Helen Toner, one of the board members who voted to fire Sam Altman from OpenAI, has spoken out about the power struggle at the AI company.
In an interview with the Wall Street Journal, Toner said that the decision to fire Altman was not about AI safety, but rather a lack of trust.
“Our goal in firing Sam was to strengthen OpenAI and make it more able to achieve its mission,” she explained.
Toner also explained the situation in which she said that it would be “consistent with the mission” of the board if OpenAI collapsed after Altman’s firing. According to Toner, this was in response to “intimidation tactics” by an OpenAI lawyer.
Her idea was that OpenAI’s for-profit arm wasn’t “by definition” necessary for the success of OpenAI’s nonprofit mission, which is to develop AGI that benefits humanity.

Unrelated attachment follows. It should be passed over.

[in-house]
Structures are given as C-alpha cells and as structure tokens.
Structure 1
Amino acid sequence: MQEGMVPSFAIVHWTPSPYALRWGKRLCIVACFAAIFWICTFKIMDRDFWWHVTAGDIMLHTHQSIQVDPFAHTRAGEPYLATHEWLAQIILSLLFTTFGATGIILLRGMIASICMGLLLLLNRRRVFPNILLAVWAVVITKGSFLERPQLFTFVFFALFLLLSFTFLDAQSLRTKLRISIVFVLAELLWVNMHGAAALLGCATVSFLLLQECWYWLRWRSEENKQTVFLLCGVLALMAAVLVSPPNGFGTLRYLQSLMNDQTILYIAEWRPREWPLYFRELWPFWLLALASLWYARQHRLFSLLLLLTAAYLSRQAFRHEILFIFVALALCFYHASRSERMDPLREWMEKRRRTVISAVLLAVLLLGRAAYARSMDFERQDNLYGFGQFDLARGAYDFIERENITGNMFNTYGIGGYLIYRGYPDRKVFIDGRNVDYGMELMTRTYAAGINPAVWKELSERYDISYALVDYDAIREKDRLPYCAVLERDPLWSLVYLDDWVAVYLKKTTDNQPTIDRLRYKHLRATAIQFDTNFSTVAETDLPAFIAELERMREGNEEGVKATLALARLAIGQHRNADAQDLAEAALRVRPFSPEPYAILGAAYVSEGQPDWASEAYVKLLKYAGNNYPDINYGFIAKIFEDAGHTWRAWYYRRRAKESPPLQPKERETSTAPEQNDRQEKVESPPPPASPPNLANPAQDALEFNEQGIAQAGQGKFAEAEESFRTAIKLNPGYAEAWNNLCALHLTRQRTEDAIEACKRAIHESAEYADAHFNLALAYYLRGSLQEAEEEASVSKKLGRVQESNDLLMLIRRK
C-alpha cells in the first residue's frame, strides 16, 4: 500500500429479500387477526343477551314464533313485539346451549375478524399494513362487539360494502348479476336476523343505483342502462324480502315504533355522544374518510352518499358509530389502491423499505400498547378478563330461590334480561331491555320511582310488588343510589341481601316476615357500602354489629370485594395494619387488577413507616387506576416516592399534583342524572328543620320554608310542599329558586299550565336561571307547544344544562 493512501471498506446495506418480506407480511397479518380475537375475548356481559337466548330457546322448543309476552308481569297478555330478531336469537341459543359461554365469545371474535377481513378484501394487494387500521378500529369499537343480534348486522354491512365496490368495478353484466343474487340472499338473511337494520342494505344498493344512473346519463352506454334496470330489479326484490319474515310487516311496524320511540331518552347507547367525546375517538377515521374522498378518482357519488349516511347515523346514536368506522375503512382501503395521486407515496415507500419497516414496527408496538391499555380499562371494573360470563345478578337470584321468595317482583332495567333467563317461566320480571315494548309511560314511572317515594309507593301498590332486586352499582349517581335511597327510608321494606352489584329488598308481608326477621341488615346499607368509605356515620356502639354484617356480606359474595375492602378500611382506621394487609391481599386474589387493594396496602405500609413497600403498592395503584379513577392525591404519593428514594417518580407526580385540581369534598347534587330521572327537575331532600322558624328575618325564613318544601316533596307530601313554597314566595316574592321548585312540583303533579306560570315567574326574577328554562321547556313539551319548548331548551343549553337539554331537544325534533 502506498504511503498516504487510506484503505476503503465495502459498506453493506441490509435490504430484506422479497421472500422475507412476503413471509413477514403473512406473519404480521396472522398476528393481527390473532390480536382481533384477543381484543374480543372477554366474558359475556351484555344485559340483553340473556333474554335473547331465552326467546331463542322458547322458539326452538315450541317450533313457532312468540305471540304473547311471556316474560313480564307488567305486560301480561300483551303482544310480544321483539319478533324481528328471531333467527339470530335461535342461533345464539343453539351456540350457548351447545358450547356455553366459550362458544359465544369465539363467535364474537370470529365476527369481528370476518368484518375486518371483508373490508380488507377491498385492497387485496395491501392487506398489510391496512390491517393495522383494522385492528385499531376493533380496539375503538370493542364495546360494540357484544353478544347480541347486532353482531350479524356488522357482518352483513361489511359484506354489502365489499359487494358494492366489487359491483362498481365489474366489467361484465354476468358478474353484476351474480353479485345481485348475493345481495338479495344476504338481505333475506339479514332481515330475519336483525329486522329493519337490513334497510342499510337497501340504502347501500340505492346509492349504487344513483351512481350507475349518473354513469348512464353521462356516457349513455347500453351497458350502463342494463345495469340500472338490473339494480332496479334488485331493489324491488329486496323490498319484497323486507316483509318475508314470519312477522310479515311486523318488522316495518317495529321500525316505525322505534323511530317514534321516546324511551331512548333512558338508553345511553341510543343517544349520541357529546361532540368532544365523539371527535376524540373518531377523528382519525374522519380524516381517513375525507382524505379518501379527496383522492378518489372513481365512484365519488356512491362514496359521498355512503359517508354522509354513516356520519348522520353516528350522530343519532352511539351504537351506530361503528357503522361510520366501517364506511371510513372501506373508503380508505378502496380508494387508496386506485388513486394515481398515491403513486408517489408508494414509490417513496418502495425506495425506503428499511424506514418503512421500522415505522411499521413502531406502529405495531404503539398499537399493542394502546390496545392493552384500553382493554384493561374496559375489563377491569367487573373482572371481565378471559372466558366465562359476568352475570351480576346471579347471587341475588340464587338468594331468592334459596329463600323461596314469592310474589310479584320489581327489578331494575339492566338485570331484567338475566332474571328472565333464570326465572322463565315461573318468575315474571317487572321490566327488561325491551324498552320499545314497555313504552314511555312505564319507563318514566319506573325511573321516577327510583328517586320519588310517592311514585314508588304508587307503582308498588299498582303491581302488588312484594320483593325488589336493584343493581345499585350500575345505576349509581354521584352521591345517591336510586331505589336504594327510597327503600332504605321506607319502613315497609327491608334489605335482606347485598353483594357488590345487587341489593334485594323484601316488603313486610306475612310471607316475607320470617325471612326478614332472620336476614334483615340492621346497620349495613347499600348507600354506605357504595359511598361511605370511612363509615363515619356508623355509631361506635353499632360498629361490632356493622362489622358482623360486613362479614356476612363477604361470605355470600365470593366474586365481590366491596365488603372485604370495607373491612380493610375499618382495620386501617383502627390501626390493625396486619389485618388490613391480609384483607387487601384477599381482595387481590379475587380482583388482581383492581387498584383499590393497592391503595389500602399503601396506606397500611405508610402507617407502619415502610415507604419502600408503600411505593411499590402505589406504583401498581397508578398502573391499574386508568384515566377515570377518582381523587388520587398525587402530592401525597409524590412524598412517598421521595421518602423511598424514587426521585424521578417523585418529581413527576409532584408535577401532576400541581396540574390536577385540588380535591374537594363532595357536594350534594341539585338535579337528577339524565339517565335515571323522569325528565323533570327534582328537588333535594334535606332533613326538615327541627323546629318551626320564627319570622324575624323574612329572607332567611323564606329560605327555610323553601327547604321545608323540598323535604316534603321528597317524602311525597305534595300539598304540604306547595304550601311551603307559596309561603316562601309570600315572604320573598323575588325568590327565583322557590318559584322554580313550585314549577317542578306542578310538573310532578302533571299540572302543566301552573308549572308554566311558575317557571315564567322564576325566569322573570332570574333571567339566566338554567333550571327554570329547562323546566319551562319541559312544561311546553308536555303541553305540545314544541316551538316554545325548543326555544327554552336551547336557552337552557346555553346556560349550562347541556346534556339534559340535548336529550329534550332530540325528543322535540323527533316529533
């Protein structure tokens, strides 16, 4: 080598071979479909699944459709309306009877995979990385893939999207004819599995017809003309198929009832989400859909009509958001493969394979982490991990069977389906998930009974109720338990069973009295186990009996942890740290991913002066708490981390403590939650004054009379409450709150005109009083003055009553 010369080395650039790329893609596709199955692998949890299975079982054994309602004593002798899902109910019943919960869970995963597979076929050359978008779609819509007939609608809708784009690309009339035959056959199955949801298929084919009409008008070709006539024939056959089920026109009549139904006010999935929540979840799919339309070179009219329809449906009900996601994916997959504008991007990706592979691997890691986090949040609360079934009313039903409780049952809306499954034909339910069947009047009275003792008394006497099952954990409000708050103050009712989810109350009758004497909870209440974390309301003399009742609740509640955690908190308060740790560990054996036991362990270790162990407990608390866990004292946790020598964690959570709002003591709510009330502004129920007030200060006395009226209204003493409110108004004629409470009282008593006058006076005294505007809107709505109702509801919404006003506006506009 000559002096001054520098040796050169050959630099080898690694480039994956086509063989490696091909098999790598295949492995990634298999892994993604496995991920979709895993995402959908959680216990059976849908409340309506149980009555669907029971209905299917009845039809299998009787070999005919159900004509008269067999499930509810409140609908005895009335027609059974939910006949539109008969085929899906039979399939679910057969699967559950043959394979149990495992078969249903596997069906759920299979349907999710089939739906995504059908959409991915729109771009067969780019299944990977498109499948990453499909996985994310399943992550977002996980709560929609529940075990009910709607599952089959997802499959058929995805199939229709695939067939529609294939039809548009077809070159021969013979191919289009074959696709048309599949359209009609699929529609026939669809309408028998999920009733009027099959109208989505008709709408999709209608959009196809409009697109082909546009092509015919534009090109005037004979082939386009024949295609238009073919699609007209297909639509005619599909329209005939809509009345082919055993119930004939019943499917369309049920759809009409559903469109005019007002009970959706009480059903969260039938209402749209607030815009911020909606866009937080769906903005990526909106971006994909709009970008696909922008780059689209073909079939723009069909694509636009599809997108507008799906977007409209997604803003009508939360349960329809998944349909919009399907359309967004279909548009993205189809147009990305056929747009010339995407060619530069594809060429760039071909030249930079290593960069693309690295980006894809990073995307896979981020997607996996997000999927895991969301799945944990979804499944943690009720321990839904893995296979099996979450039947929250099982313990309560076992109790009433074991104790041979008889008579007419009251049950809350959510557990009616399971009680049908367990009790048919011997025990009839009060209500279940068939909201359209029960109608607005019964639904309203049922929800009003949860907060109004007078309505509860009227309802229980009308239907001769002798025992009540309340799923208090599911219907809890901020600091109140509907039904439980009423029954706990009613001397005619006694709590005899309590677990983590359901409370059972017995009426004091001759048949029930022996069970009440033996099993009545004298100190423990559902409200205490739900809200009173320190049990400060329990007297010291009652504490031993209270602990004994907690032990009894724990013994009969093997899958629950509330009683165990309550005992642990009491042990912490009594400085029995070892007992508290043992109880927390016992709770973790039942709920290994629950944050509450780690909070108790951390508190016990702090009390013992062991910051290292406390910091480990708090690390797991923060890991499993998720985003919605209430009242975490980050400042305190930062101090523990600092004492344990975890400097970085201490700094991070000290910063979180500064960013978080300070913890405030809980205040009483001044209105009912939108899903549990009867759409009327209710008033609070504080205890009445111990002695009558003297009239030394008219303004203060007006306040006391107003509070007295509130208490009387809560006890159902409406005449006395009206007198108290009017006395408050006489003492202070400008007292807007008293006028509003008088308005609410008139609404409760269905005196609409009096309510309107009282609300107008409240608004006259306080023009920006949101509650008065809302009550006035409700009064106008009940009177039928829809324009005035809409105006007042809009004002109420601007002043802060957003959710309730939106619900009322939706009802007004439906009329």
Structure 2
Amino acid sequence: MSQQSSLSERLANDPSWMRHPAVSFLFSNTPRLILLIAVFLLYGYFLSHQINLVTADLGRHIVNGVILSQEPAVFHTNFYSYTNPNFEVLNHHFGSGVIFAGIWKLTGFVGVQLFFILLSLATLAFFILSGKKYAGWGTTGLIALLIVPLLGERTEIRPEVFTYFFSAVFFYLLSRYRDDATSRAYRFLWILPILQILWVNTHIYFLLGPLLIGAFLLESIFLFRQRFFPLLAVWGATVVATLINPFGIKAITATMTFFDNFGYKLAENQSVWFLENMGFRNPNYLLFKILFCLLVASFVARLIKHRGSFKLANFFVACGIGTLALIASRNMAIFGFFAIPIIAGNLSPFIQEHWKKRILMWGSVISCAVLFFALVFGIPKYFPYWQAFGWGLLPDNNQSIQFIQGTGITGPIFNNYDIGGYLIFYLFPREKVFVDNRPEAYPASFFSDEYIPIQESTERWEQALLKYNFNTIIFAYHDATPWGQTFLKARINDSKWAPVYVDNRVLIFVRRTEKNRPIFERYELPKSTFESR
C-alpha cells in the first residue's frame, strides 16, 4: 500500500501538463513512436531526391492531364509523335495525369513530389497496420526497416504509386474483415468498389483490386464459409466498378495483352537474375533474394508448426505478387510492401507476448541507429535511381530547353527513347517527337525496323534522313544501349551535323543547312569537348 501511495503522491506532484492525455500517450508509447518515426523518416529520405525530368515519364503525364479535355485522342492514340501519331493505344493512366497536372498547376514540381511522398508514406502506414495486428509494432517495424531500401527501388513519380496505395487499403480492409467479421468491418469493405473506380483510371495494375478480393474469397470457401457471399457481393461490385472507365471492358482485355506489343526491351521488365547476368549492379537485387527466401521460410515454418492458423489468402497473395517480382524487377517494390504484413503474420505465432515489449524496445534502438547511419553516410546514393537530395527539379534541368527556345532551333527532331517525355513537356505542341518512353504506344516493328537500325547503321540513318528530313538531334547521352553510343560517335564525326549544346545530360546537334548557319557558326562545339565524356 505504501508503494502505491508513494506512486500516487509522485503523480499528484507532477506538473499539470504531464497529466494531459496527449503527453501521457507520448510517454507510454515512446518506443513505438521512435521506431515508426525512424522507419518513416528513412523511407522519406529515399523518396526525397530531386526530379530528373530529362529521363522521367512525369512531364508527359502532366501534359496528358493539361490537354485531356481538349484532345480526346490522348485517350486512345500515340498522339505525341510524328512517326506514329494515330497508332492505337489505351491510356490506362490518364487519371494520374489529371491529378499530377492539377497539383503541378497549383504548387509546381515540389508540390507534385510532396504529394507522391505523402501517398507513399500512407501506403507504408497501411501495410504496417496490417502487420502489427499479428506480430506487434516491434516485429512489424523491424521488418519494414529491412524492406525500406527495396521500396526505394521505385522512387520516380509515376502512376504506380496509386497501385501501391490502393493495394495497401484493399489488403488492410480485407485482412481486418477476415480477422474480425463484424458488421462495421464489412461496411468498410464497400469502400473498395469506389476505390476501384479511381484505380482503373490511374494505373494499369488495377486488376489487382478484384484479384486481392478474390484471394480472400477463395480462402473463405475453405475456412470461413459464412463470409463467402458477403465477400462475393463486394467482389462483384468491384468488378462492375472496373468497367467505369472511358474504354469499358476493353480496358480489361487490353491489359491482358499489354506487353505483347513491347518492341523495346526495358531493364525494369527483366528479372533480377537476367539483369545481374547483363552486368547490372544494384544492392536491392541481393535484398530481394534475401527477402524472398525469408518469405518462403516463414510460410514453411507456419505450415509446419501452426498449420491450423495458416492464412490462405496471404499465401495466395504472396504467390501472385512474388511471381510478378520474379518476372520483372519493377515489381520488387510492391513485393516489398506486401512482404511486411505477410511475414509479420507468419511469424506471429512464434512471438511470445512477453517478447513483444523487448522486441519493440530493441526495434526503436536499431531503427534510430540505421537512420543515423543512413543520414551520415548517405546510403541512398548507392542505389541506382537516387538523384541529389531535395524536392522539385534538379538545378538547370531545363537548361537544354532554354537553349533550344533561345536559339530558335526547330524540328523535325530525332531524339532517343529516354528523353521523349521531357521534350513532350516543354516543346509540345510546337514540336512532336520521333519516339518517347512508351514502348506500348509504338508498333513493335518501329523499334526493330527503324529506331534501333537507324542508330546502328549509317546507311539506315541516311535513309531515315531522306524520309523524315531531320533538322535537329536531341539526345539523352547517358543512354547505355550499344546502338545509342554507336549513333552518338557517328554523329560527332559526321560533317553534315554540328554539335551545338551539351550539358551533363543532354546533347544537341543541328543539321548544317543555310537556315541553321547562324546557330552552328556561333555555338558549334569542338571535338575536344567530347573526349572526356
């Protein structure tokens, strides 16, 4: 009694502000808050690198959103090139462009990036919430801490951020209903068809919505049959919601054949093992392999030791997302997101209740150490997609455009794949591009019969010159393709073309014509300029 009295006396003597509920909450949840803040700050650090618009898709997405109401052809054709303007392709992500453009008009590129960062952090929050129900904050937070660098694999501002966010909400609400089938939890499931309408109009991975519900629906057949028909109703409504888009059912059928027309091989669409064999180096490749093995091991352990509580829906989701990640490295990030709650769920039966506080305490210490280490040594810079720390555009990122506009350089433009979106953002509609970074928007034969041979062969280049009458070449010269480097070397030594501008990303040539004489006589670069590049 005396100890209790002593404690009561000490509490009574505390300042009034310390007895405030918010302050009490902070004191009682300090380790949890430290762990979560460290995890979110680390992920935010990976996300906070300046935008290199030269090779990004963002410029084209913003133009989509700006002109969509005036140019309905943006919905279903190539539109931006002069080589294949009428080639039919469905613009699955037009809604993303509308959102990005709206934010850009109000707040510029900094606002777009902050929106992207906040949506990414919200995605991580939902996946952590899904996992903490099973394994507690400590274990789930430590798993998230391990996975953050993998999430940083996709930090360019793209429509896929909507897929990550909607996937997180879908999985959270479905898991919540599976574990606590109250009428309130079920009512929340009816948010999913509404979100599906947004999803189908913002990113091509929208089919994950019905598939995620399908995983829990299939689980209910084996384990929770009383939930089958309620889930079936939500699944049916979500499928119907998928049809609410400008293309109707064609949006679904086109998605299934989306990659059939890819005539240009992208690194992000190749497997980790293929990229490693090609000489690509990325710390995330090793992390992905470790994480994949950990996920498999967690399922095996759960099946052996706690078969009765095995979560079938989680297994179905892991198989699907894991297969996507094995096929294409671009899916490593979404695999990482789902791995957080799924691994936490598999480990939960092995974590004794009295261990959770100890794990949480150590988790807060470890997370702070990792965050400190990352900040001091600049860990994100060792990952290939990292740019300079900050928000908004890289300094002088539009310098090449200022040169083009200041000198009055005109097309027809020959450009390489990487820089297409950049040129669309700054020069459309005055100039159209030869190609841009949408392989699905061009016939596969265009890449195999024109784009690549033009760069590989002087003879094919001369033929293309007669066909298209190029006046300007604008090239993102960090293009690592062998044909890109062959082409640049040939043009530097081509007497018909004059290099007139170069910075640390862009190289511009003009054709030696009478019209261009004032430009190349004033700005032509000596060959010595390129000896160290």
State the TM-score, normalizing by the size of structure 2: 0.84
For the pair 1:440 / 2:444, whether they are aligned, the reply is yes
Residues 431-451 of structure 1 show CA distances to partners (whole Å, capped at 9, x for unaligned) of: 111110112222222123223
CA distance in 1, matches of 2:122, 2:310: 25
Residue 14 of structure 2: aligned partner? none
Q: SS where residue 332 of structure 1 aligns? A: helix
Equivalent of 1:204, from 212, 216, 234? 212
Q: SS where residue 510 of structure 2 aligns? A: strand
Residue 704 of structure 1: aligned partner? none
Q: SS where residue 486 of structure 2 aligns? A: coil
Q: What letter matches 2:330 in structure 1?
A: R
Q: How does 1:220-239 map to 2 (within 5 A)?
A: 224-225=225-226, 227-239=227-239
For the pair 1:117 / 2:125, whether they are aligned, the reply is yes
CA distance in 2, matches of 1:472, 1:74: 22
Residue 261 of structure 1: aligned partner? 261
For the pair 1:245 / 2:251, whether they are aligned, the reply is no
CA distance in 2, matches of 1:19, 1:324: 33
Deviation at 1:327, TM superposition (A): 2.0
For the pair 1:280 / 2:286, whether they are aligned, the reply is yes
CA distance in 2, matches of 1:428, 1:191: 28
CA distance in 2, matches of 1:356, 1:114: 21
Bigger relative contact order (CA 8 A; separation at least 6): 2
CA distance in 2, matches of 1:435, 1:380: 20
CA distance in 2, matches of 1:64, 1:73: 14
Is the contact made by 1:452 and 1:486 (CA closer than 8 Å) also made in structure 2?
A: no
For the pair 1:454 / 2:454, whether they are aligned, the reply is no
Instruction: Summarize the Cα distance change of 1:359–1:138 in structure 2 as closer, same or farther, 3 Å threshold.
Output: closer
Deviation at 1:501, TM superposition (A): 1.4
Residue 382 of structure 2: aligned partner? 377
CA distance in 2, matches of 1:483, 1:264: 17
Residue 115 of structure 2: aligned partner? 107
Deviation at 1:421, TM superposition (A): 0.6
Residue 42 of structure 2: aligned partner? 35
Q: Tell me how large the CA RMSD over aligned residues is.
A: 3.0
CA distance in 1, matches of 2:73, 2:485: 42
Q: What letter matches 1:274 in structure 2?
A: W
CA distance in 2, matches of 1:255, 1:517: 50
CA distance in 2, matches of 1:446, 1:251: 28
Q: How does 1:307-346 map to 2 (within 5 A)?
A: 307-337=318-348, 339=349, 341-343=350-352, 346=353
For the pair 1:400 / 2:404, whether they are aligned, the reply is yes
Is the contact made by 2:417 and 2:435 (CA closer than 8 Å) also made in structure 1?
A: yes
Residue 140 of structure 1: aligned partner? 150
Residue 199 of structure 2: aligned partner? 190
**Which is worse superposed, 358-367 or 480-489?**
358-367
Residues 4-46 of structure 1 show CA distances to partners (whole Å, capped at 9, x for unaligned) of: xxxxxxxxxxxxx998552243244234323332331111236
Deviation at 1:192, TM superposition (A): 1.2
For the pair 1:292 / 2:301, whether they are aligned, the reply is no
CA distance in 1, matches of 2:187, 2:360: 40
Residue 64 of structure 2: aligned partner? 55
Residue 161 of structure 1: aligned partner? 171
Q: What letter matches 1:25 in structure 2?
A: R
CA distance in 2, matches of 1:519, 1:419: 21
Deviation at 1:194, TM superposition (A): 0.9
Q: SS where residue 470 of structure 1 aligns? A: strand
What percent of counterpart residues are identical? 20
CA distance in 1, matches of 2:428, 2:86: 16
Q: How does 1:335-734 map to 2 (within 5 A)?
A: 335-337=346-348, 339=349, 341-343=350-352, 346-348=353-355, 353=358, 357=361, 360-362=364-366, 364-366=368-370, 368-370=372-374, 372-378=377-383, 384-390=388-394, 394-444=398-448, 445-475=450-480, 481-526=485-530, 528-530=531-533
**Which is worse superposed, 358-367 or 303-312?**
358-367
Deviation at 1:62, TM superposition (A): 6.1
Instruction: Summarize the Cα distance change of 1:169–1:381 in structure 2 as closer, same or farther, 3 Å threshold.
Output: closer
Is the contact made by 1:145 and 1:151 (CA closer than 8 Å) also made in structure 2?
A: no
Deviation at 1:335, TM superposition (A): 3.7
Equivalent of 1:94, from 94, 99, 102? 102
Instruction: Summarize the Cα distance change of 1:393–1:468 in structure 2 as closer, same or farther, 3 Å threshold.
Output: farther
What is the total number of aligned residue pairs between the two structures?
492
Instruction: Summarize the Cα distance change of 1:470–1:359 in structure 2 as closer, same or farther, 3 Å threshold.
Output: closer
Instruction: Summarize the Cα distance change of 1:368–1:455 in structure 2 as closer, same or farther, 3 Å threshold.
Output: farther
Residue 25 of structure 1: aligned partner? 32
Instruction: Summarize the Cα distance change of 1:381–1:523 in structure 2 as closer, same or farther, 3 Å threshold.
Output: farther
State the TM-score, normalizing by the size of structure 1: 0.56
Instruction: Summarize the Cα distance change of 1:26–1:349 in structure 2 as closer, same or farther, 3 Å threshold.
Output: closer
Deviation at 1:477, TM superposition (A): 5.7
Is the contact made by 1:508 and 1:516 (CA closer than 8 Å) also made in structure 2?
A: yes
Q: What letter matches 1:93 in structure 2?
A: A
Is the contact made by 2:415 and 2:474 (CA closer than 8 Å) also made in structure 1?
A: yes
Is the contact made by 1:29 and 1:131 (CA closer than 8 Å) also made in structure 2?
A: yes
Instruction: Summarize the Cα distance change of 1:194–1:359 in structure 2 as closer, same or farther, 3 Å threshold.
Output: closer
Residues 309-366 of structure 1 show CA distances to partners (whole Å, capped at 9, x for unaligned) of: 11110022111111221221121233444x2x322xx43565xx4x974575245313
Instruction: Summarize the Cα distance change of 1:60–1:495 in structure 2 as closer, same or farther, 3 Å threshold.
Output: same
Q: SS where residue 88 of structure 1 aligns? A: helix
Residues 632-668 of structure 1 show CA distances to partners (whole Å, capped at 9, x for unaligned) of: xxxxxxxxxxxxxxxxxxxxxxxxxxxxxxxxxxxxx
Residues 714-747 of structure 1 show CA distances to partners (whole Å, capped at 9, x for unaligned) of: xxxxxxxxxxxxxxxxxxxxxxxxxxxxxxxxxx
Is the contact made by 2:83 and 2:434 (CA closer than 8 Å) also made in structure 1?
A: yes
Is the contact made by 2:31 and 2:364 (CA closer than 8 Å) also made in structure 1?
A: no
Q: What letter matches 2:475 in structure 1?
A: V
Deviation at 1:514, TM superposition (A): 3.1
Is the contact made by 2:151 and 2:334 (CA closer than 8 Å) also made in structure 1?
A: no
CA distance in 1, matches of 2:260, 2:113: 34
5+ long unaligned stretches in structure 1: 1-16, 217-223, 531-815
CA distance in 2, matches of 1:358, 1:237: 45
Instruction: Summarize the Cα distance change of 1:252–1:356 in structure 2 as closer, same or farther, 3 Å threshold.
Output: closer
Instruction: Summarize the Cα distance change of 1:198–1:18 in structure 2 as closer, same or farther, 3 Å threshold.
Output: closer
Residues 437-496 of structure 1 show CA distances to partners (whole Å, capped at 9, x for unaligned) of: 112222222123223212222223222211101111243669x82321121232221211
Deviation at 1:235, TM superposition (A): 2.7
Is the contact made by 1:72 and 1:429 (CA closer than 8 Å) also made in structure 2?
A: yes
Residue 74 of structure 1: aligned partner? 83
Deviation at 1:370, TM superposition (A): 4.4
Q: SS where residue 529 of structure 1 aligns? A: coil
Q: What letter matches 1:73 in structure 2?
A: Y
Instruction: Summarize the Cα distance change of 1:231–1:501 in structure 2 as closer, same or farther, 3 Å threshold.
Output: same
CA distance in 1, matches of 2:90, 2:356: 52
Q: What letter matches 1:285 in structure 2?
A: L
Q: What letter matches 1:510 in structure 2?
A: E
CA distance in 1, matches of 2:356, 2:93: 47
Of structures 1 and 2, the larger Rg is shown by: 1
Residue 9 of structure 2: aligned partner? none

Toner declined to provide details about the reasons for Altman’s firing, but maintained that the board’s actions were consistent with its duty to ensure that AI systems are built responsibly. Toner and other board members eventually resigned, allowing Altman to return as CEO.
From what we know so far, one of the main reasons for Altman’s firing, at least from Toner’s perspective, was that Altman criticized Toner for co-authoring the paper “Decoding Intentions.” The paper criticized the AI hype generated by ChatGPT, an OpenAI product, and praised competitor Anthropic for delaying the release of its chatbot Claude to avoid fueling the hype.
Altman allegedly held one-on-one meetings with board members to get Toner fired, playing off their statements against each other. The Wall Street Journal backs up this story, citing people familiar with the situation, saying that Altman misled Toner, which ultimately led the board to question his integrity as CEO.